I too, was amazed at the distribution panel.   Nothing like this has been installed in the US for at least 50 years.  Make that more like 75 years.  I honestly expected something more like is described on https://en.wikipedia.org/wiki/Distribution_board , which is pretty much how the main panel for the US has been for the last 50 years or so.   

As a side note:  You can often get a discount on your insurance in the US if the main distribution panel is newer than a certain date, based on the expected lifetime of the breakers in the panel.

I'm curious, is Dave's setup common in Australia?  If a house is wired new today, what does the equivalent panel look like?   When did it change?



 

Offline Brumby

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Re: EEVblog #877 - Solar Analytics Home Energy Monitoring Installation
« Reply #34 on: May 10, 2016, 05:36:25 am »
I'm curious, is Dave's setup common in Australia?
I would call it pretty typical of the majority.

Quote
If a house is wired new today, what does the equivalent panel look like?
I can't speak from a professional position, but from my casual observation, I have seen more DIN rail breakers and switchgear showing up.  I expect speed of installation would be a factor.

Quote
When did it change?
I can't answer that one.
 

Offline Dan Moos

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Re: EEVblog #877 - Solar Analytics Home Energy Monitoring Installation
« Reply #35 on: May 10, 2016, 05:45:53 am »
I can't imagine having to drill the panel separately for every breaker is remotely efficient. The DIN system is literally plug and play. I'm not judging it's safety, just it's utility.

What is the purported pros of this kind of setup?
 

Offline calexanian

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Re: EEVblog #877 - Solar Analytics Home Energy Monitoring Installation
« Reply #36 on: May 10, 2016, 07:16:23 am »
That looks more like a normal US panel.

Got a ground mixed up with your neutrals though..

That appears to be his ground bonding as it runs from the neutral bar directly to the ground bar. Not uncommon to do it that way.

As for Daves Panel that actually looks OK. everything was easy to understand and the sections on the front with what I am assuming are the convenience outlets separated were clear. Just because its a in field assembled system and not din rails or snap in buss bar breakers does not mean it cant work safely. I see more conductor clearance in there than I see in many U.L. 508 spec panels here in the states and this is a fair bit easier to work on.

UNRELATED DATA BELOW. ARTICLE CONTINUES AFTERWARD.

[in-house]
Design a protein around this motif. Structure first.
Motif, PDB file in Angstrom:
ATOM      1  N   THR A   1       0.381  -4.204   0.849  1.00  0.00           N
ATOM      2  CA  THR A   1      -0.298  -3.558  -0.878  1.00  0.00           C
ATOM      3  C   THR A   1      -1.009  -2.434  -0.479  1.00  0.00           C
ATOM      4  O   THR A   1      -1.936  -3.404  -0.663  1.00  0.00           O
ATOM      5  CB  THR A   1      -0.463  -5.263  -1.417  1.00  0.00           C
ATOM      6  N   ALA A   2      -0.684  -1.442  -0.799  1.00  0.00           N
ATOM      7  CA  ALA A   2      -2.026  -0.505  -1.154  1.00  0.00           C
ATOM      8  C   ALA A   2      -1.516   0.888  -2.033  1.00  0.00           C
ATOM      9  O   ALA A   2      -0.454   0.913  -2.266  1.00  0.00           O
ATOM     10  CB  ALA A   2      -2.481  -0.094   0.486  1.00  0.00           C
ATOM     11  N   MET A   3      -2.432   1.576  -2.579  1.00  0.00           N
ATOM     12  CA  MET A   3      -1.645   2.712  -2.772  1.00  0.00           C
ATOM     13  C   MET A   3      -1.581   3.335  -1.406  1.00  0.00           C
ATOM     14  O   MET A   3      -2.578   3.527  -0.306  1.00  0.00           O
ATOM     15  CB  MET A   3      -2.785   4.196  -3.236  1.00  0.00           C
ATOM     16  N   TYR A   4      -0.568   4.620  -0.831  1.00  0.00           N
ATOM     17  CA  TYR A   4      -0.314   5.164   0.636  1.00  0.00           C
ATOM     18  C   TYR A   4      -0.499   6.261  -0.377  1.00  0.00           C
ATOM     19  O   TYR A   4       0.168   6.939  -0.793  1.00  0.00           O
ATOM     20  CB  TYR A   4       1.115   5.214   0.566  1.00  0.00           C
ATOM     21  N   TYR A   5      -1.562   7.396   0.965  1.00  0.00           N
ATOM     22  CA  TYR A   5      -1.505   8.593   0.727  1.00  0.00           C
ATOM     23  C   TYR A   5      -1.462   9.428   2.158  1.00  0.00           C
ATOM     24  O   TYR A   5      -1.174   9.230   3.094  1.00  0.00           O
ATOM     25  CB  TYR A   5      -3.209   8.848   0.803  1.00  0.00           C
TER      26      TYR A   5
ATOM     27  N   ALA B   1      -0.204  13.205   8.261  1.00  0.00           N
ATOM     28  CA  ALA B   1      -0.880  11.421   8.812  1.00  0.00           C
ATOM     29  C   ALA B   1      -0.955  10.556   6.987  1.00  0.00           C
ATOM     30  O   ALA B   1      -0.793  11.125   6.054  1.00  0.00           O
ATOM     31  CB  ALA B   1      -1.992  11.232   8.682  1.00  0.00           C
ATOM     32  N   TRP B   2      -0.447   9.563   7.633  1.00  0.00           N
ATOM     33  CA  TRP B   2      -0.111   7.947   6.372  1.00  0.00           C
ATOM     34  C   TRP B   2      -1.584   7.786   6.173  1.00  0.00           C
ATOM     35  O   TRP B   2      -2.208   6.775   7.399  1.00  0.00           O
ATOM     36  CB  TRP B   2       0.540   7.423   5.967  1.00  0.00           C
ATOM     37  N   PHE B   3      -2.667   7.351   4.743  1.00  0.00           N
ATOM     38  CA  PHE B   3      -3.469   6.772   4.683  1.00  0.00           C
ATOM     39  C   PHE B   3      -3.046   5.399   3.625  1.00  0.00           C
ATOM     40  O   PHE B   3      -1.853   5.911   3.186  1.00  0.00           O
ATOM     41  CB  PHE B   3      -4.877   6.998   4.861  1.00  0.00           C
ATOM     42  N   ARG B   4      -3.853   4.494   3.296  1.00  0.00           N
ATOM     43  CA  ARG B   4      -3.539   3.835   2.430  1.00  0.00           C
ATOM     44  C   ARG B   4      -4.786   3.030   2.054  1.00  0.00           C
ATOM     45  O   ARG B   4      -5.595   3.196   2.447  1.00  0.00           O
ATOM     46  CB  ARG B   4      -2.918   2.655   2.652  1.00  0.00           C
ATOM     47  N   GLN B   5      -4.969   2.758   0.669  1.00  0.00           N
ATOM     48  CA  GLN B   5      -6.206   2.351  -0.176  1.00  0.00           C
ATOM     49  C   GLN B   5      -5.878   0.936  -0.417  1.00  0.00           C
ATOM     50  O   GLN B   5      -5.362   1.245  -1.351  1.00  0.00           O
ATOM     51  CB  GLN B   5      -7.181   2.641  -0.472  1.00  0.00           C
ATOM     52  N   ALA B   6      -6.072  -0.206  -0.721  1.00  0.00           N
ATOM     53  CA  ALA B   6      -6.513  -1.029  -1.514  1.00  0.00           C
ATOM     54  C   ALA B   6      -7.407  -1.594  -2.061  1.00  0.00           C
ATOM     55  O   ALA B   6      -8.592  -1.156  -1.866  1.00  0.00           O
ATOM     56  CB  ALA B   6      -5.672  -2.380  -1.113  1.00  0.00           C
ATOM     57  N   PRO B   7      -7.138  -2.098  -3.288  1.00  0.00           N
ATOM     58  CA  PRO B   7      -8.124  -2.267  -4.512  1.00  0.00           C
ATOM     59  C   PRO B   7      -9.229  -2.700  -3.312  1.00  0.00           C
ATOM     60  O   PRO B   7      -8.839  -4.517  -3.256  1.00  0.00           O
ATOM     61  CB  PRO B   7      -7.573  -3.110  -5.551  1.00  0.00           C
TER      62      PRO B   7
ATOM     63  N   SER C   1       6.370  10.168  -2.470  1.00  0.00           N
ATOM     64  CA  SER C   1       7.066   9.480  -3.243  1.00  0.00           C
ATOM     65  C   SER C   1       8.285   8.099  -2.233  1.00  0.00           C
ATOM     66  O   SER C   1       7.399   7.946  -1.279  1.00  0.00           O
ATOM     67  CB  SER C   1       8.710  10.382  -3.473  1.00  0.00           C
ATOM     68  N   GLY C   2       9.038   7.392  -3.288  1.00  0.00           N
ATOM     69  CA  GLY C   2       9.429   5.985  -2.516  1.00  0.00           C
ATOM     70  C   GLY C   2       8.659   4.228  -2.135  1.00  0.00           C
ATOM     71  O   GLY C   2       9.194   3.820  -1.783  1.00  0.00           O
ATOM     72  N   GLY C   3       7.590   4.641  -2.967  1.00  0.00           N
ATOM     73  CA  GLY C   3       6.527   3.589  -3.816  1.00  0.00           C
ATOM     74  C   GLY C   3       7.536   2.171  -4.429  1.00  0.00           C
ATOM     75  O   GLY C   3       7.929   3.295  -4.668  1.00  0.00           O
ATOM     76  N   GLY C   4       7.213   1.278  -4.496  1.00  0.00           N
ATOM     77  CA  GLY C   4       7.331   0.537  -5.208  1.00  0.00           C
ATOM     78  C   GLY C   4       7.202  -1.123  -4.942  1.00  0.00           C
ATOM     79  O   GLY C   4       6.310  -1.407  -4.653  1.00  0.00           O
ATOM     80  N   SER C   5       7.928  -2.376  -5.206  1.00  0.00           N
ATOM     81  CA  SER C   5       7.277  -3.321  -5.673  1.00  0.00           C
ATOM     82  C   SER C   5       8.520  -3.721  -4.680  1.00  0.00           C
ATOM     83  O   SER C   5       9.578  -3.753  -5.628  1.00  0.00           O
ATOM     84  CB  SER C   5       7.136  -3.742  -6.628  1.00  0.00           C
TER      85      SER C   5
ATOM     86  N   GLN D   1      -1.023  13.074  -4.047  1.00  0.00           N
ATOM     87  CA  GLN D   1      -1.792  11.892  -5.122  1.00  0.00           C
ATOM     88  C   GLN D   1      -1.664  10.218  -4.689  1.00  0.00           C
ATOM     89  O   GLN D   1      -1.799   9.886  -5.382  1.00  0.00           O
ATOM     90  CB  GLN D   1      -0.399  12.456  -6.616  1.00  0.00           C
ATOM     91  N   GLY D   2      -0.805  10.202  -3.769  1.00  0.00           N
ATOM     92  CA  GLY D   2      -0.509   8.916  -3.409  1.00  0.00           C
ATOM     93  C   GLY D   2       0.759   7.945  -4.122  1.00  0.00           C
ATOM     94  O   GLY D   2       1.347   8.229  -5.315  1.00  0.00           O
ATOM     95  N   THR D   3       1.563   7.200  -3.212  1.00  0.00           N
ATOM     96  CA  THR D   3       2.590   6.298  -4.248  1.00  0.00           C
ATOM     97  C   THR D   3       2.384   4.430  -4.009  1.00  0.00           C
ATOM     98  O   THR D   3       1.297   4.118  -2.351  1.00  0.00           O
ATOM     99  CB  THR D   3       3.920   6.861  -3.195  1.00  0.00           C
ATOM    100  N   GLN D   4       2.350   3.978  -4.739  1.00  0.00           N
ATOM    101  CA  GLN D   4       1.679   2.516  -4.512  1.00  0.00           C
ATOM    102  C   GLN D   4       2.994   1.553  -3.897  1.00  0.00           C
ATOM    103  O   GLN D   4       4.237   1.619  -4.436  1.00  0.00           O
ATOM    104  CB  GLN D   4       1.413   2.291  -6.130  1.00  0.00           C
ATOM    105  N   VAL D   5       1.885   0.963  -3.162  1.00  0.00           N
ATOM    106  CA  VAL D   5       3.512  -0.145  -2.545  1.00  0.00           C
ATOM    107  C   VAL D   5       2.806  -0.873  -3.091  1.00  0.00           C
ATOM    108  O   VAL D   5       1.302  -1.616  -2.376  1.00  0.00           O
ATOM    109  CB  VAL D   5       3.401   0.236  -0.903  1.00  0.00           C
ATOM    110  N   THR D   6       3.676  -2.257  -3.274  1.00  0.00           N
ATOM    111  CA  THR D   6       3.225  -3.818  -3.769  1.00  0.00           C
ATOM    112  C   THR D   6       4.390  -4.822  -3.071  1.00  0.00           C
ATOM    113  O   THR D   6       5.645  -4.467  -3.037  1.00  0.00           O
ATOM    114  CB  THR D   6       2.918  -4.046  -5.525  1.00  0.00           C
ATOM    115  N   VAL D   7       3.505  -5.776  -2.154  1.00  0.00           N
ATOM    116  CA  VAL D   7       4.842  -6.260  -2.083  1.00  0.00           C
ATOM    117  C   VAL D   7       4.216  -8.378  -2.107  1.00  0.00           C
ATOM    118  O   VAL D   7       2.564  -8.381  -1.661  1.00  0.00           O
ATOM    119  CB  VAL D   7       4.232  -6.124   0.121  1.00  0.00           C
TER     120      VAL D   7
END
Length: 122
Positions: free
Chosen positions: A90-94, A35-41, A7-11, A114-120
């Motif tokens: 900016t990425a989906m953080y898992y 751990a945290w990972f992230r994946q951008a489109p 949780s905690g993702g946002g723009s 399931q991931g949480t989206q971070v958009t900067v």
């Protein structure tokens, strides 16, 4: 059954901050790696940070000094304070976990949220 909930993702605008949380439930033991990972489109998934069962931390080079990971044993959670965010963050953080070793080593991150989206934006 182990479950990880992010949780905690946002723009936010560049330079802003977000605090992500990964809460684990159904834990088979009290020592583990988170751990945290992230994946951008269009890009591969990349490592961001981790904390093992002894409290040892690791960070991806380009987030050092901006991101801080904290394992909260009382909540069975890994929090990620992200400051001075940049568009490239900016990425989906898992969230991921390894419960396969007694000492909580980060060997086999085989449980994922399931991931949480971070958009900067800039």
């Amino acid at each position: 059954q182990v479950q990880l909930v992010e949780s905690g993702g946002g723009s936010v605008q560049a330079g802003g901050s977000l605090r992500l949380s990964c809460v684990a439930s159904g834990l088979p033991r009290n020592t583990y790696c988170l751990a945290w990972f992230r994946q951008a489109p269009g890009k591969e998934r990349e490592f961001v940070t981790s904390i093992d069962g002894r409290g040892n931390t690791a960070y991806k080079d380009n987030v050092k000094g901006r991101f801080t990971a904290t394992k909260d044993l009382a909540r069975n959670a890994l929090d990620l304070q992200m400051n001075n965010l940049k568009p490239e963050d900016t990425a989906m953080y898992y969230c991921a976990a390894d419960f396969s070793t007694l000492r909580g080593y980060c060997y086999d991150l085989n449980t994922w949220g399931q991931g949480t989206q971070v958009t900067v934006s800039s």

Charles Alexanian
Alex-Tronix Control Systems
 

Offline EPTech

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Re: EEVblog #877 - Solar Analytics Home Energy Monitoring Installation
« Reply #37 on: May 10, 2016, 07:22:35 am »
Hi there,

In Belgium (I do not know about other EU countries) you are allowed to install the electrical system all the way from the supply cable to the sockets and lighting. Then you need to have it checked by a certified agent and once approved the electrical distributor will install the meter and attach the supply cable to the grid.

The agent checks whether you installed regulatory earth fault switches, fuses and wires. He will also check for earth continuity and spread resistance. He will also check your schematic and sign together with the compliance documents.

The installer/technicians of the distribution company will install the meter(s) in a sealed separate box. The main earth fault switch is also sealed. From that point on you are allowed to make changes to the installation but the slightest change requires a re-approval by the compliance agency, even if it is done by an electrician. The electrical installation is the responsibility of the home owner up to the  cable attached to the main earth fault switch.

If one refurbishes a new house, one is bound to make changed to the electrical installation,so it needs to be re-checked. If the fuse box is not up to current standards, it will be rejected. In most cases a refurbished home needs a new fuse box.

Ex. My mother had a relatively modern fuse box with DIN rail and reset-able fuses. After she had her solar panels installed I had to replace the entire board because the fuses did not have the mandatory links across neutral and fases. This because linked fuses were not available for the older fuse sockets that were in het cabinet.

Also worth mentioning: The compliance document is valid for 25 years. If you have employees your installation is treated as an industrial one and hence needs a yearly check-up. Anything above 125A is also considered industrial.

Here are some pictures of my Belgian installation. It is not so typical because I have a main fuse box that branches out to the house and the work shop/lab. In a typical home you will see only one fuse box. But these are completely up to standard, slightly over-killed. I have about 22kVA (32A@400V 3-phase) incoming. With the incoming cable section I can go up to 80A (55 kVA).

Kind greetings,

Pascal.
 

Offline Monittosan

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Re: EEVblog #877 - Solar Analytics Home Energy Monitoring Installation
« Reply #38 on: May 10, 2016, 07:24:42 am »
Daves panel looks older than what his house would otherwise have. Typically houses do no have ceramic fuses and rather use a DIN rail with individual RCBO's with the main switch being a 63amp CB for Single phase.
 

Offline Fungus

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Re: EEVblog #877 - Solar Analytics Home Energy Monitoring Installation
« Reply #39 on: May 10, 2016, 10:35:29 am »
I can't imagine having to drill the panel separately for every breaker is remotely efficient.

The drilling only took a couple of minutes.

But ... I did wonder why it didn't have some pre-drilled holes in it for common fittings.